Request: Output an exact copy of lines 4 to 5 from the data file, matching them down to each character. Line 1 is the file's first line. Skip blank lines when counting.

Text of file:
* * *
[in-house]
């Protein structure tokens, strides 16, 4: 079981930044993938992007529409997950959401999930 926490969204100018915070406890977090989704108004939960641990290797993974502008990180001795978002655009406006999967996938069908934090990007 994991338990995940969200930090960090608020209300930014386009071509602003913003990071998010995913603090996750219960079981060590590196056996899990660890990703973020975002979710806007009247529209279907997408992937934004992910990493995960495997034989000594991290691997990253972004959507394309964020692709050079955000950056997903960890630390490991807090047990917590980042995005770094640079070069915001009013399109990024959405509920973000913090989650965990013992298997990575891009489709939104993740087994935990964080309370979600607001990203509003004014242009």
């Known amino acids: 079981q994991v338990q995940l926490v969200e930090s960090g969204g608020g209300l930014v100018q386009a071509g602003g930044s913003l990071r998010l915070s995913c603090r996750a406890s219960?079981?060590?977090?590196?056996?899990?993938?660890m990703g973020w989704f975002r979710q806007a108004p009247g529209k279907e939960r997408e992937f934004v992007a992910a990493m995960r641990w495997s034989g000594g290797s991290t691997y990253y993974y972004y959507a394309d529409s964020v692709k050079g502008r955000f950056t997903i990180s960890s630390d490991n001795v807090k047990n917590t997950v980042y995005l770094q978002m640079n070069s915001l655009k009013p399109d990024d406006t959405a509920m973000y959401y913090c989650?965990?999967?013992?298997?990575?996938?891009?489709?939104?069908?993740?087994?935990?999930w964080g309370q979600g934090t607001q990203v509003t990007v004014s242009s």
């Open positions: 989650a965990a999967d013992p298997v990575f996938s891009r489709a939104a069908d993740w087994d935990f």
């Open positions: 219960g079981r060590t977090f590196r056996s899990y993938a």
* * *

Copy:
């Open positions: 989650a965990a999967d013992p298997v990575f996938s891009r489709a939104a069908d993740w087994d935990f």
């Open positions: 219960g079981r060590t977090f590196r056996s899990y993938a």